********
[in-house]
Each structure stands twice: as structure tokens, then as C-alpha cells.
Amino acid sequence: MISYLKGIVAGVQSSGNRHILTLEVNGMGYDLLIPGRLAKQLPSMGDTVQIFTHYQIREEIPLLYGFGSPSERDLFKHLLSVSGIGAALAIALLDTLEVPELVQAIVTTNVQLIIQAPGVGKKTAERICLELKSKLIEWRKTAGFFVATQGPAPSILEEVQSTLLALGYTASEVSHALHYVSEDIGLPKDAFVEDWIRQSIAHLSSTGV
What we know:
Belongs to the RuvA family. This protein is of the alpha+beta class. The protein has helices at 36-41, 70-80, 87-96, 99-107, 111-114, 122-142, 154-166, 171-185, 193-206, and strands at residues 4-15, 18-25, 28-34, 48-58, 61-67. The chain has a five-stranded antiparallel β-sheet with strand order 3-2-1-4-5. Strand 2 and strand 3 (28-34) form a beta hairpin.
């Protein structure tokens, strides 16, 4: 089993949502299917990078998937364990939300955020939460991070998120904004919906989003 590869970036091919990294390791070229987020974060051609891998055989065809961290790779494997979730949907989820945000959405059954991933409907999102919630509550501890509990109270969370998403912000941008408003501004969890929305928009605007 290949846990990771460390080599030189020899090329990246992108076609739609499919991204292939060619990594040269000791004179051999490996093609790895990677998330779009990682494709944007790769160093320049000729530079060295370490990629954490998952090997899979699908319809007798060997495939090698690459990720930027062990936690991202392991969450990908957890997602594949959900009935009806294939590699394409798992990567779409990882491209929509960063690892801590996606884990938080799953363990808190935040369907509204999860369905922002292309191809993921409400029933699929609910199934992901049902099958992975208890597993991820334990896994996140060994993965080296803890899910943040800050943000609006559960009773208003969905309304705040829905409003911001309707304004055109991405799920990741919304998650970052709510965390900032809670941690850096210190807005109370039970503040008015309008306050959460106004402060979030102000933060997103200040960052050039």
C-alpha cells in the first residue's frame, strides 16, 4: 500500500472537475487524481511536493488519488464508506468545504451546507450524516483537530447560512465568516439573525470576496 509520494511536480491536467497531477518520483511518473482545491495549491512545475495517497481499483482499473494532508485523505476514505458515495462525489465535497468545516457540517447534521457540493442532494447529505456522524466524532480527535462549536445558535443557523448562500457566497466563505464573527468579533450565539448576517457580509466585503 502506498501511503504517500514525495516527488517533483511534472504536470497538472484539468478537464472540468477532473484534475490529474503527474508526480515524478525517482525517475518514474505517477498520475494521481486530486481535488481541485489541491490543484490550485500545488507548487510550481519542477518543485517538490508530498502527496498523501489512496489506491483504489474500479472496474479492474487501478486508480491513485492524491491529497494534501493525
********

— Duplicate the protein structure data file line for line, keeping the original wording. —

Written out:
[in-house]
Each structure stands twice: as structure tokens, then as C-alpha cells.
Amino acid sequence: MISYLKGIVAGVQSSGNRHILTLEVNGMGYDLLIPGRLAKQLPSMGDTVQIFTHYQIREEIPLLYGFGSPSERDLFKHLLSVSGIGAALAIALLDTLEVPELVQAIVTTNVQLIIQAPGVGKKTAERICLELKSKLIEWRKTAGFFVATQGPAPSILEEVQSTLLALGYTASEVSHALHYVSEDIGLPKDAFVEDWIRQSIAHLSSTGV
What we know:
Belongs to the RuvA family. This protein is of the alpha+beta class. The protein has helices at 36-41, 70-80, 87-96, 99-107, 111-114, 122-142, 154-166, 171-185, 193-206, and strands at residues 4-15, 18-25, 28-34, 48-58, 61-67. The chain has a five-stranded antiparallel β-sheet with strand order 3-2-1-4-5. Strand 2 and strand 3 (28-34) form a beta hairpin.
């Protein structure tokens, strides 16, 4: 089993949502299917990078998937364990939300955020939460991070998120904004919906989003 590869970036091919990294390791070229987020974060051609891998055989065809961290790779494997979730949907989820945000959405059954991933409907999102919630509550501890509990109270969370998403912000941008408003501004969890929305928009605007 290949846990990771460390080599030189020899090329990246992108076609739609499919991204292939060619990594040269000791004179051999490996093609790895990677998330779009990682494709944007790769160093320049000729530079060295370490990629954490998952090997899979699908319809007798060997495939090698690459990720930027062990936690991202392991969450990908957890997602594949959900009935009806294939590699394409798992990567779409990882491209929509960063690892801590996606884990938080799953363990808190935040369907509204999860369905922002292309191809993921409400029933699929609910199934992901049902099958992975208890597993991820334990896994996140060994993965080296803890899910943040800050943000609006559960009773208003969905309304705040829905409003911001309707304004055109991405799920990741919304998650970052709510965390900032809670941690850096210190807005109370039970503040008015309008306050959460106004402060979030102000933060997103200040960052050039």
C-alpha cells in the first residue's frame, strides 16, 4: 500500500472537475487524481511536493488519488464508506468545504451546507450524516483537530447560512465568516439573525470576496 509520494511536480491536467497531477518520483511518473482545491495549491512545475495517497481499483482499473494532508485523505476514505458515495462525489465535497468545516457540517447534521457540493442532494447529505456522524466524532480527535462549536445558535443557523448562500457566497466563505464573527468579533450565539448576517457580509466585503 502506498501511503504517500514525495516527488517533483511534472504536470497538472484539468478537464472540468477532473484534475490529474503527474508526480515524478525517482525517475518514474505517477498520475494521481486530486481535488481541485489541491490543484490550485500545488507548487510550481519542477518543485517538490508530498502527496498523501489512496489506491483504489474500479472496474479492474487501478486508480491513485492524491491529497494534501493525